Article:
DES MOINES, Iowa — Every so often, a rare meteorological phenomena called a heat burst causes some of the most dramatic temperature swings you will see anywhere on Earth.
A heat burst is an event characterized by a rapid increase in temperatures, along with gusty winds and a rapid decrease in humidity.
It all stems from the downdraft of a dying thunderstorm.
A typical thunderstorm contains an updraft which rises moist air high into the atmosphere and a downdraft where the rain falls.
Once the thunderstorm loses its updraft, it becomes downdraft dominant and begins to weaken.
If this happens while the mid-levels of the atmosphere contain dry air, the rain associated with the downdraft will evaporate.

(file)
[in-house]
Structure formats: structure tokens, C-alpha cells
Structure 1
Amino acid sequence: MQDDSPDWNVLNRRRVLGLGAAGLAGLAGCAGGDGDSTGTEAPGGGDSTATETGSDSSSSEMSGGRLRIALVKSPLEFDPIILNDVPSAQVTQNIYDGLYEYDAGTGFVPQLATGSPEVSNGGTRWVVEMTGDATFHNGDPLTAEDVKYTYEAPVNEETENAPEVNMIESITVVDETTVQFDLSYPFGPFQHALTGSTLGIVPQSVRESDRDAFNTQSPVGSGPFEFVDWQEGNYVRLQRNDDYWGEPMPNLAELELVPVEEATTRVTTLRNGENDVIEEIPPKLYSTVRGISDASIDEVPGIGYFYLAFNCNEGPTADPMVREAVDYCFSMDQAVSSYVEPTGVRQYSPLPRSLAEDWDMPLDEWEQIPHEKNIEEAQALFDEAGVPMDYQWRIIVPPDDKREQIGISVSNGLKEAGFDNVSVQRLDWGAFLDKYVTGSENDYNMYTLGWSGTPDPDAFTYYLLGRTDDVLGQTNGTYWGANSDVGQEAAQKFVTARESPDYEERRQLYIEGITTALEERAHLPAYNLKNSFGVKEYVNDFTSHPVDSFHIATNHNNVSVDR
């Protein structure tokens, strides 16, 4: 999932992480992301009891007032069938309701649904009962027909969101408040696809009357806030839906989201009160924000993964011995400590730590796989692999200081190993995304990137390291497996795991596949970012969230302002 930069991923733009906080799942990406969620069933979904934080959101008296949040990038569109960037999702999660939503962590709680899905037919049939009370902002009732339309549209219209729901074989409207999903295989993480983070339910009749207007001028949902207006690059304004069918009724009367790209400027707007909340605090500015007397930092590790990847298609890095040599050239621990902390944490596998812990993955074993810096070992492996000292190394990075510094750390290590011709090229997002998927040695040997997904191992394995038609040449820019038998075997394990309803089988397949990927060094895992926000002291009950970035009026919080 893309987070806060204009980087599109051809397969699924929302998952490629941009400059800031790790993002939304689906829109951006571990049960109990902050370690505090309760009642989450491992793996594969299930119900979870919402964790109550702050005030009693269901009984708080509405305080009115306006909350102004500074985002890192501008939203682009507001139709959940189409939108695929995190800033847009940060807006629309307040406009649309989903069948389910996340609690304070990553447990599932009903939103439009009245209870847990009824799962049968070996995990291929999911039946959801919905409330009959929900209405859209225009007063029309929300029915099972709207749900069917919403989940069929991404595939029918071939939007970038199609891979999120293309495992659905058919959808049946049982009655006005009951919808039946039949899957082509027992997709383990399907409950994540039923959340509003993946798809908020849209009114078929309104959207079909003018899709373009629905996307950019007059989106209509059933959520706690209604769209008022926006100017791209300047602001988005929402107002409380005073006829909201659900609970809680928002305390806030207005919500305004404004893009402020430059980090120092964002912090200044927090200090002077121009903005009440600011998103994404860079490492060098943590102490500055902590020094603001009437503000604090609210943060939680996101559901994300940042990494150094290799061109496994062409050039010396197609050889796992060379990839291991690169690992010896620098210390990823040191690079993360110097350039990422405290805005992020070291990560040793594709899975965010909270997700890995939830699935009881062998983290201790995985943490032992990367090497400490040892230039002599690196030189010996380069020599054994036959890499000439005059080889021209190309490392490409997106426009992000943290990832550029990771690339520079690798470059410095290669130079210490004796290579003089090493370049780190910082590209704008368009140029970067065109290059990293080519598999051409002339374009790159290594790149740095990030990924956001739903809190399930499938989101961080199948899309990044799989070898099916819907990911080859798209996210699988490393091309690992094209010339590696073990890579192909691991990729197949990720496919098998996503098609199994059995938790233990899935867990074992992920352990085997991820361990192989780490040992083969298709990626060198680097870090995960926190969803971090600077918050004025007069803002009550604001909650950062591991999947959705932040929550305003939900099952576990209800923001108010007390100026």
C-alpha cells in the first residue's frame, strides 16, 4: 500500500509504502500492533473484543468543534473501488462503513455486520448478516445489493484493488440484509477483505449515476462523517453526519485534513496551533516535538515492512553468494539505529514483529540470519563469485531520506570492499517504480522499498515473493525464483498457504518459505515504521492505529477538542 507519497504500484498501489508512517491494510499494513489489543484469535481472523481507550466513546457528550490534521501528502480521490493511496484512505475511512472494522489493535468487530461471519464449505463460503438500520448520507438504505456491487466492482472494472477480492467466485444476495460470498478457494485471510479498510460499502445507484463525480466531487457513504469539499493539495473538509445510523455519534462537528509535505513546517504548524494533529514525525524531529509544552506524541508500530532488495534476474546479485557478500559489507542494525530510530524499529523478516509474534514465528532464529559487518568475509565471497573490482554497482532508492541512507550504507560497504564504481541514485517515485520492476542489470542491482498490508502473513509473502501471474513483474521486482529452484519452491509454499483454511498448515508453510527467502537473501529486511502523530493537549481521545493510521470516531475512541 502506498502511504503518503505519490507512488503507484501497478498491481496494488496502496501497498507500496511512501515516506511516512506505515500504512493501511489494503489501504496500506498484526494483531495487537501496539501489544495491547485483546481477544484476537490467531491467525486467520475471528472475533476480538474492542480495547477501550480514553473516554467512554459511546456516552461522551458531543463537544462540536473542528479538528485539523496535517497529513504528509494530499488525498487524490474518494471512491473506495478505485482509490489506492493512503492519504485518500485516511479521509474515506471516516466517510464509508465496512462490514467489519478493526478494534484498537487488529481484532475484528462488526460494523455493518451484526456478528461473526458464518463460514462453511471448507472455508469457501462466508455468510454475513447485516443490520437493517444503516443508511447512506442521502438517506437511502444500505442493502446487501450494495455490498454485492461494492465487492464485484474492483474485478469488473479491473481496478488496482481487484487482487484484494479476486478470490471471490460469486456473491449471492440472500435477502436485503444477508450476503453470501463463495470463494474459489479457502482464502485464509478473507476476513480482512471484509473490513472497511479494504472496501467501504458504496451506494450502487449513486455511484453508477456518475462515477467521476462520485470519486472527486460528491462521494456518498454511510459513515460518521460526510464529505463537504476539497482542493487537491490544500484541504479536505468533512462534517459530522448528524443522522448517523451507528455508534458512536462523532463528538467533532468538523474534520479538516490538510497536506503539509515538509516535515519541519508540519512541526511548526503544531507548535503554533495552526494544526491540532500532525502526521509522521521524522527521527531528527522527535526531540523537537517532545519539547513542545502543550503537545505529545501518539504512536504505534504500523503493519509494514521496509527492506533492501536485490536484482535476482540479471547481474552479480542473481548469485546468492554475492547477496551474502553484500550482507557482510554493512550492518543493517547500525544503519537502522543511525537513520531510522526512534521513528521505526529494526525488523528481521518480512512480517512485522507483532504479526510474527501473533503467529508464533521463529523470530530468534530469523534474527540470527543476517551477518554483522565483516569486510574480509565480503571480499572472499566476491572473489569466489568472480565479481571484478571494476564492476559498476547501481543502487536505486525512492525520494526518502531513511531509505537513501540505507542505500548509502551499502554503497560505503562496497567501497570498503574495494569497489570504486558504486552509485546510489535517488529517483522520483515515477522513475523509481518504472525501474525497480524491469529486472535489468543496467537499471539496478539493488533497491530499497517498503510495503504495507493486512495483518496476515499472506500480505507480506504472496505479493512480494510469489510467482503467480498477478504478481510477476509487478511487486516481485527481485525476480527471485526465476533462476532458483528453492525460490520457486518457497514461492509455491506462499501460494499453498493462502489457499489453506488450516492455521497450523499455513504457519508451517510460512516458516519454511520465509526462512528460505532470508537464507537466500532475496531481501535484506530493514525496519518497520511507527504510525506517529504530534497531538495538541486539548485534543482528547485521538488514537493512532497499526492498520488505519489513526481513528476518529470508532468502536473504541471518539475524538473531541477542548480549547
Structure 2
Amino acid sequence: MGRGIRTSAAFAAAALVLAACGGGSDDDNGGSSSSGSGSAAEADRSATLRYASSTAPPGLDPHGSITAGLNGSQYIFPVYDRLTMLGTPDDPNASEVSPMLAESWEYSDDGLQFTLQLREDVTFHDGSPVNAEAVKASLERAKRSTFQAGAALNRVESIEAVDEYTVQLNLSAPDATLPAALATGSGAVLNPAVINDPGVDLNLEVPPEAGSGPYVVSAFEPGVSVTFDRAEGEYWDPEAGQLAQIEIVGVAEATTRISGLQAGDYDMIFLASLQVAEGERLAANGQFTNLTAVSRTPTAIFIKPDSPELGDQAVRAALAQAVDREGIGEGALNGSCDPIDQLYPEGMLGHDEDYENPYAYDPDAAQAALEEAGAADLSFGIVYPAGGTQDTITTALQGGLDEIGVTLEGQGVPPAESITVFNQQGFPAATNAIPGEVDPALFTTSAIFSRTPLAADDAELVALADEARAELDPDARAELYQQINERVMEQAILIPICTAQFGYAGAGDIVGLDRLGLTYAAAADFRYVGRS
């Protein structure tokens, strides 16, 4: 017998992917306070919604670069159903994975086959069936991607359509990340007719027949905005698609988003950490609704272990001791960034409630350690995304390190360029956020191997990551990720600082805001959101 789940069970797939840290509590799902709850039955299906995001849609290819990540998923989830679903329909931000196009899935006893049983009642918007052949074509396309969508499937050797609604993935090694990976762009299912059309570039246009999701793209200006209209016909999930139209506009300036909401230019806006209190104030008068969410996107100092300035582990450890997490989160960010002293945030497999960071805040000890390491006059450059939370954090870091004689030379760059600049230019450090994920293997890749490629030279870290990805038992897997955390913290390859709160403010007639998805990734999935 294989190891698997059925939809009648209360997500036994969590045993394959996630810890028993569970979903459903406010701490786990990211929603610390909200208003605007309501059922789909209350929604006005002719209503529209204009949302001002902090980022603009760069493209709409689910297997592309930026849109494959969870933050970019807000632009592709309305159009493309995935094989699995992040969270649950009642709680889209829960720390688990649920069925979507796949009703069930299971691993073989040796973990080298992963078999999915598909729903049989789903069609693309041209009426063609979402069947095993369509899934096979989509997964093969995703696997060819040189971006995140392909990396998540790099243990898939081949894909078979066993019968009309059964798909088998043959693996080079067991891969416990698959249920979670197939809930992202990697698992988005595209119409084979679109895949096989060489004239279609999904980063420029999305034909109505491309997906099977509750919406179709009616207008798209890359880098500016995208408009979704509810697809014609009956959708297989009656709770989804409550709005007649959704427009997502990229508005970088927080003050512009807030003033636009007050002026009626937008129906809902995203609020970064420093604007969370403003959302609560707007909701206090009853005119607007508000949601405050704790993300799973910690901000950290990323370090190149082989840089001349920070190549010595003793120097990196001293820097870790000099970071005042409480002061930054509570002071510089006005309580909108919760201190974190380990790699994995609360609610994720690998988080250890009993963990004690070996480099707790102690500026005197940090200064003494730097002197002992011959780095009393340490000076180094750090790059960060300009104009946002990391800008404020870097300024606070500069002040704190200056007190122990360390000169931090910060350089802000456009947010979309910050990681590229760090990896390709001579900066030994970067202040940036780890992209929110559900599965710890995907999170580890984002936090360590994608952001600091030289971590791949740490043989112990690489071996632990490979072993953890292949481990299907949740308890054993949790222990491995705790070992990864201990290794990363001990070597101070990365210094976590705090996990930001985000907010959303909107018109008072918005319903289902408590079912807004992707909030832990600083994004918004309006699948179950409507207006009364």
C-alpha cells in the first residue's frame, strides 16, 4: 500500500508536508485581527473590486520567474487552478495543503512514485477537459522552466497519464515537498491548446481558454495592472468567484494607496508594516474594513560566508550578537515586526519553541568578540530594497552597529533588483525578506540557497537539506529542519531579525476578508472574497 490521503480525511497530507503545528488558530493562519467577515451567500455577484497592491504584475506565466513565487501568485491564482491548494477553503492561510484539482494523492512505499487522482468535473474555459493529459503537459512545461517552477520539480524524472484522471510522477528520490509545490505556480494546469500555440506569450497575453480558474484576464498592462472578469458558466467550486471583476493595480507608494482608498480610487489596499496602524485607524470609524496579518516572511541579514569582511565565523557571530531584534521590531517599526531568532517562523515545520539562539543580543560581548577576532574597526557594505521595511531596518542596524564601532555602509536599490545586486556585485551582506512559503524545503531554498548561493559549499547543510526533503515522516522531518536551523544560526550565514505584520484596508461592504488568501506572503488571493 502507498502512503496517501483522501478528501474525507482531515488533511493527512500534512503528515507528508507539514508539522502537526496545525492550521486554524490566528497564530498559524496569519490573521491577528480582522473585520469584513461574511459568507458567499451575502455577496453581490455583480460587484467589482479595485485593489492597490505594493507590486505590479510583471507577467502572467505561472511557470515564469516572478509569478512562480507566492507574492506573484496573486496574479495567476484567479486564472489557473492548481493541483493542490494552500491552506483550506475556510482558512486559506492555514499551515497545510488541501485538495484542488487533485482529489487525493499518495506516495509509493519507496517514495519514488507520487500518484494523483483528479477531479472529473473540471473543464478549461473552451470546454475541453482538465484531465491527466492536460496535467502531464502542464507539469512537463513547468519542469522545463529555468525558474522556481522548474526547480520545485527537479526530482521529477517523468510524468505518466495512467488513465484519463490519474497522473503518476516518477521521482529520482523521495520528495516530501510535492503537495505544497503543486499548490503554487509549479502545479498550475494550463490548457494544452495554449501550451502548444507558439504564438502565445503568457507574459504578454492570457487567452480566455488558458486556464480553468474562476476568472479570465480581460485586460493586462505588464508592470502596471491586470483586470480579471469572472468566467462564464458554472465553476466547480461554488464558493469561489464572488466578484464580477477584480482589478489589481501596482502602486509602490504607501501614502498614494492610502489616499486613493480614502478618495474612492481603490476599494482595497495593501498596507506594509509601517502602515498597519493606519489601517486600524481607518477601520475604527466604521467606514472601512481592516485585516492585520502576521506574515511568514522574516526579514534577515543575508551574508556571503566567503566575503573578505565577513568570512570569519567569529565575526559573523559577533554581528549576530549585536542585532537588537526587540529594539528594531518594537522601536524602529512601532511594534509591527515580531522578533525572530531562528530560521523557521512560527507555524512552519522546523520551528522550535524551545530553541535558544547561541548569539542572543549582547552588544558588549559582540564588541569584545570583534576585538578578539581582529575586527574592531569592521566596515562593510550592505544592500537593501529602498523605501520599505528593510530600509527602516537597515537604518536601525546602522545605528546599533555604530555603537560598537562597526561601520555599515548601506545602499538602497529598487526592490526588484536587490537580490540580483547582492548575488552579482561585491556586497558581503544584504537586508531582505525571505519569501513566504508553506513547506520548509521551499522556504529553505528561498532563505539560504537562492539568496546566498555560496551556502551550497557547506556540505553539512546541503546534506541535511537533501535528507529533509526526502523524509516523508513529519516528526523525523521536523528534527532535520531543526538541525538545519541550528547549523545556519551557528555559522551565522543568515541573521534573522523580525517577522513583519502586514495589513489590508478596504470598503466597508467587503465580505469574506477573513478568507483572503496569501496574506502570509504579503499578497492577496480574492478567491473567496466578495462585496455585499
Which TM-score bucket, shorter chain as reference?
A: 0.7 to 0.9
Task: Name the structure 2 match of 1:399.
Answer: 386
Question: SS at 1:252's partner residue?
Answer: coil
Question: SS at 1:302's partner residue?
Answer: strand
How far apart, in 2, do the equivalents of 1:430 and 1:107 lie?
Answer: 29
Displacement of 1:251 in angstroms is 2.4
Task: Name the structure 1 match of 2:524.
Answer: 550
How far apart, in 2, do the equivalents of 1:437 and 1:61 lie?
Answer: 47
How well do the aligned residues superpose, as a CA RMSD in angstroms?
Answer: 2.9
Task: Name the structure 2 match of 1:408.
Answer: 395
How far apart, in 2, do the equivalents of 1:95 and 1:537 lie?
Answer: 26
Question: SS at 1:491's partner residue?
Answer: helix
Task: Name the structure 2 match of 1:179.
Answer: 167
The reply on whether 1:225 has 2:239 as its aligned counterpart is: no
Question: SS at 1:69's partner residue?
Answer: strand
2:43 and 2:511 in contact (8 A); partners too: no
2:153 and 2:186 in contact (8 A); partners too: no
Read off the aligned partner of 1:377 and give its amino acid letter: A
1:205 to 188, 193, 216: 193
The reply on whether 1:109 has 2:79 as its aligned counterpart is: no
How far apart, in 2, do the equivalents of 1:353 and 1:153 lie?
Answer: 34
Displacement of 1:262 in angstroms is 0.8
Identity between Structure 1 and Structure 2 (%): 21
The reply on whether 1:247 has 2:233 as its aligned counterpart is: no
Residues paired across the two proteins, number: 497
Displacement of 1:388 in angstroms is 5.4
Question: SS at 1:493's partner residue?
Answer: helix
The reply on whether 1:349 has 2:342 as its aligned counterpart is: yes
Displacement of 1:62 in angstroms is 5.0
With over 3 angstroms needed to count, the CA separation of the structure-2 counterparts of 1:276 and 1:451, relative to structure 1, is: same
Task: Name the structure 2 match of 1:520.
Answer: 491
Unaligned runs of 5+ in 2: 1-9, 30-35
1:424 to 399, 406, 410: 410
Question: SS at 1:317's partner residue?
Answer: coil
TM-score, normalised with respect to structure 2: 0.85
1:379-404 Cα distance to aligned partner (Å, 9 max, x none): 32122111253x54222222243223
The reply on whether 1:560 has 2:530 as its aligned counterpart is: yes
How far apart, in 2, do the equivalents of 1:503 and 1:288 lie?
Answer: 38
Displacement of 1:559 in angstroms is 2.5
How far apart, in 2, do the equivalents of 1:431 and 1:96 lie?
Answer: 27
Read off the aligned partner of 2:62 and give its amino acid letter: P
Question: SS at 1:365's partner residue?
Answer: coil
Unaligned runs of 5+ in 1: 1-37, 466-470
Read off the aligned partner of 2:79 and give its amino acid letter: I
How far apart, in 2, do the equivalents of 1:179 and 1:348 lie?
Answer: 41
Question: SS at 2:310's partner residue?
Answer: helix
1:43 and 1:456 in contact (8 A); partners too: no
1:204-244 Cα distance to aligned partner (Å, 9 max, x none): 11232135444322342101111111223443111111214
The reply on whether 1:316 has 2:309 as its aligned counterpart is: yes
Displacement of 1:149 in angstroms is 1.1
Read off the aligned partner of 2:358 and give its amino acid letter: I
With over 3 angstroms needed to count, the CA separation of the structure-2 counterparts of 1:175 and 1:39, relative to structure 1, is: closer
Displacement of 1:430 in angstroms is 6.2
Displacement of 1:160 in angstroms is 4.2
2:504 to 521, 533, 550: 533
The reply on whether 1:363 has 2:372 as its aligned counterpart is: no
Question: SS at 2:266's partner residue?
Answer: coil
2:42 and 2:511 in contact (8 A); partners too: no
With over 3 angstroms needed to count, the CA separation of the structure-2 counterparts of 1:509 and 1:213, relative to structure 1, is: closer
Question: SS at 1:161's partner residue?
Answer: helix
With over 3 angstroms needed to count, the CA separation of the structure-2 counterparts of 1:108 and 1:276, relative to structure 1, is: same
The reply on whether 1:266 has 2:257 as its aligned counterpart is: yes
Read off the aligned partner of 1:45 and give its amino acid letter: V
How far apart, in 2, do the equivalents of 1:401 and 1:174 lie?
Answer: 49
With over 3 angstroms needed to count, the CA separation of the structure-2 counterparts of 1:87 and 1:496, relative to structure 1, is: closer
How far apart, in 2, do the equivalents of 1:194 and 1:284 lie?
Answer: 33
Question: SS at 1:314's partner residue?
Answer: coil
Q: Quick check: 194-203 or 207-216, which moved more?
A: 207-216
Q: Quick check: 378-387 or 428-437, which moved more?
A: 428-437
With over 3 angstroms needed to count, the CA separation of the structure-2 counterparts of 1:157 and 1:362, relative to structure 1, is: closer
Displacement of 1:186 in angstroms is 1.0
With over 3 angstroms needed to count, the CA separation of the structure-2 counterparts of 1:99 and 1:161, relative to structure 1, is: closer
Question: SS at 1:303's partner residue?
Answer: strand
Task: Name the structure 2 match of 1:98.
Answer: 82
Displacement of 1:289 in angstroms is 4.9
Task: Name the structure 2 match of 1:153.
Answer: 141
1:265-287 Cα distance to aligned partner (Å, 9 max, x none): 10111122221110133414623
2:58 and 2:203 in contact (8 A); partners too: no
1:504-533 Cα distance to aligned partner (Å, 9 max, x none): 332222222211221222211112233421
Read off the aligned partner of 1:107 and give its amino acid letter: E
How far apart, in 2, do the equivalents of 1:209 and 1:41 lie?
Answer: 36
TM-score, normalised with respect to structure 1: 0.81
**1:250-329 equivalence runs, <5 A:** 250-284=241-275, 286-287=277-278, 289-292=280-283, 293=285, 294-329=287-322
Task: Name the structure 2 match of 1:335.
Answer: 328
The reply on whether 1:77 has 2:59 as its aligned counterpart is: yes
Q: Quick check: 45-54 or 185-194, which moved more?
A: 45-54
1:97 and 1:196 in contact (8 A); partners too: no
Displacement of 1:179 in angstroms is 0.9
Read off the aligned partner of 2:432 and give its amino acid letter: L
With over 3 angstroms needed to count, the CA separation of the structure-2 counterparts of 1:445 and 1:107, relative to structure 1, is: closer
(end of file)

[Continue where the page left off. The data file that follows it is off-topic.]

This evaporation process initially cools the environment. However, the descending air will stop cooling once all the moisture has evaporated.
This is when the sinking air undergoes compressional warming, leading to a rapid temperature rise at the surface.
A recent example of this occurred in Monticello, Iowa on June 28, 2019.
Behind a dying line of thunderstorms, temperatures quickly rose from 70° just after 9 a.m. to 90° around 10:30 a.m.
Notice how the dew point dropped from the 60s to the 40s in the same time frame.
While this example happened in the late morning, many heat bursts occur overnight when thunderstorms most often dissipate.
One of the most extreme heat bursts on record took place in Kimberley, South Africa when temperatures rose from 67° at 9 p.m. to 110° at 9:05 p.m.
Perhaps the most infamous heat burst in the U.S. occurred on June 15, 1960 near Lake Whitney, Texas.
It is estimated that temperatures went from approximately 70° to a remarkable 140°. This dramatic warm-up coincided with 80-100 mph wind gusts, turning cotton fields into burnt stalks.